Discover more from Lucas' mind
And some other stuff about teams, health and delegating work.
And then suddenly, you find yourself surrounded by cynics.
How did you not see them coming? Cynics are loud. You've probably seen them around corridors of large corporate businesses, their habitat.
You know who I am talking about.
They usually invite the motivated newbies for a coffee to "explain how things work here."
They like to say "I told you so" to those who try without trying anything themselves.
They hold on to the little knowledge they acquired and believe there is nothing else to learn.
They hold to their job titles as a character trait, but only for them; whoever else got it was just lucky.
They like to complain about their work to their friends like there is nothing they can do about it. And they won't do anything about it.
They will try to feed on your energy as if you owe it to them, "how could you be an optimist amidst such hopelessness?".
When you find yourself surrounded by cynics, a natural temptation is to try to argue them out of their attitude with some rational optimism.
Don't try to convince cynics with reason, it won’t help. Offer kindness instead. Kindness might help cynics regain some lost hope in themselves and the future.
But, make sure you are kind at an arm's length; cynicism is contagious and spreads quickly.
God forbid, you might even turn into one.
Cynicism masquerades as wisdom, but it is the farthest thing from it. Because cynics don’t learn anything. Because cynicism is a self-imposed blindness, a rejection of the world because we are afraid it will hurt us or disappoint us. Cynics always say no. But saying “yes” begins things. Saying “yes” is how things grow. Saying “yes” leads to knowledge. “Yes” is for young people. So for as long as you have the strength to, say “yes.” - Stephen Colbert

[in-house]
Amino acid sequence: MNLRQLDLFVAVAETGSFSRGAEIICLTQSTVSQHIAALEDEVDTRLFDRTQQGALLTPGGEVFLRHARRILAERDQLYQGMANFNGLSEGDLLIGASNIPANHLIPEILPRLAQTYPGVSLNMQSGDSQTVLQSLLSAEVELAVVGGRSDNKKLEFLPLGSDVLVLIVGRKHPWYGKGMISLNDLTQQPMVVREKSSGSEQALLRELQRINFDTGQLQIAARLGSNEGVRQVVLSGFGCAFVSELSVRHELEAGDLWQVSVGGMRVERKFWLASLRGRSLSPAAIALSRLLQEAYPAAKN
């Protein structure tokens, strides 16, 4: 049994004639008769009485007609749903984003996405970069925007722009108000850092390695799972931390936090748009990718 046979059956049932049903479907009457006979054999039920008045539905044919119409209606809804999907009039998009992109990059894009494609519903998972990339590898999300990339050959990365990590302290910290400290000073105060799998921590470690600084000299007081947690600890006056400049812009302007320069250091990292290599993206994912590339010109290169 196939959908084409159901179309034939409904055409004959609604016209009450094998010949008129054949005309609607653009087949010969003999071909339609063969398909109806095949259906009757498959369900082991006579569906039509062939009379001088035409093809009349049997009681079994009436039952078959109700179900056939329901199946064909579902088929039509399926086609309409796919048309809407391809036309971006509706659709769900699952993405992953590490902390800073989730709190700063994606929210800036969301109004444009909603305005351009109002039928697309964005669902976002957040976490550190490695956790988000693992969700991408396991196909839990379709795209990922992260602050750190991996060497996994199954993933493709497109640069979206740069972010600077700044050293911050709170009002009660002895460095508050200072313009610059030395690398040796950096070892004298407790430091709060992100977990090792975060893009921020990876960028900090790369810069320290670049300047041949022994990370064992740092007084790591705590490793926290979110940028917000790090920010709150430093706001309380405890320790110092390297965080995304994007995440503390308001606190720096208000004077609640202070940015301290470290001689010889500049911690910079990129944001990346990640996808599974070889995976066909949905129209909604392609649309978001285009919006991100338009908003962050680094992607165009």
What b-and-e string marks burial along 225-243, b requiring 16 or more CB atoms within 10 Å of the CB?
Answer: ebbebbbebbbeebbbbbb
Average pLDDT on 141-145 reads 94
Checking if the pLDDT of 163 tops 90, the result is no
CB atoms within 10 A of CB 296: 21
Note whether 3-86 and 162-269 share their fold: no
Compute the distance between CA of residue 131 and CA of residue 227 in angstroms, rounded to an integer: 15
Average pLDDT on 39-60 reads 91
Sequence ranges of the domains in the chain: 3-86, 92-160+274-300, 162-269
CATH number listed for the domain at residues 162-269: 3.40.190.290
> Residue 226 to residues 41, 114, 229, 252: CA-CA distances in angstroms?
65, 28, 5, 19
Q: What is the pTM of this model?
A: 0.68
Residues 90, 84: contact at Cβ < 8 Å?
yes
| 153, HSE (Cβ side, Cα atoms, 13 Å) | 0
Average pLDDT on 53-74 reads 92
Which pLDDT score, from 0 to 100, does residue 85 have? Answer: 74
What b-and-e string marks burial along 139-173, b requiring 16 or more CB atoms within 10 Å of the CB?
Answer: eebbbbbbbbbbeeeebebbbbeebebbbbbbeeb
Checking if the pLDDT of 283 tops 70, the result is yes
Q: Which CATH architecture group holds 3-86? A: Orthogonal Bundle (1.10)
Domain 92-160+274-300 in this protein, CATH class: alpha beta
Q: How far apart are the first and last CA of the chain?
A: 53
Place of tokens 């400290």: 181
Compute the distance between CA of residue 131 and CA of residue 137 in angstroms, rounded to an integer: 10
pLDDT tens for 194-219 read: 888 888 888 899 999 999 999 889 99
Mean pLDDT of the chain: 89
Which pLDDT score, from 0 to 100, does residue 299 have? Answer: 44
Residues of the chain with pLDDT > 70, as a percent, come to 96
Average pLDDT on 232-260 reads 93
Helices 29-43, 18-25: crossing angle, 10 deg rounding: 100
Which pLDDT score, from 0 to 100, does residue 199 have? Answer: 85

Things I’ve been thinking about.
Articles, music, videos, software, books, quotes, anything that I think is interesting.
Because of my work as a consultant, I get to work with many teams in big and small companies. The most successful teams I’ve seen optimize for learning above all else. They don’t follow a specific process or framework.
As a person with the APOE 4/4 gene (high risk of developing dementia or Alzheimer’s), I am ultra conscious of my overall health. I might even write a series of posts about how I do it in the future, but for the moment, I wanted to share this very nicely done in-depth piece from Levels about the link between cognitive decline and our metabolic health.
I decided 2022 would be "the year of delegation" for me. Looking for resources online, I recently came across another great post from Lara Hogan where she provides a "delegation template" that prompts the manager to describe, in one sentence, the outcome they want to see, as well as three phrases to complete when delegating. I need to implement this ASAP.
On a personal note.
I am alive!
I've been sick for the past week with some weird viral meningitis, it wasn't fun, but I am already feeling much better. Not even close to one hundred percent, but we will get there.
Besides feeling tired all the time because of the above, life feels rich at the moment. I am away in Lake Tekapo celebrating my 5th wedding anniversary with my lovely wife. She is my mental support, friend, companion, and the witness I exist when no one is looking.
Finding the right life partner is an underestimated life hack, and I am grateful I found such a great one in Bruna.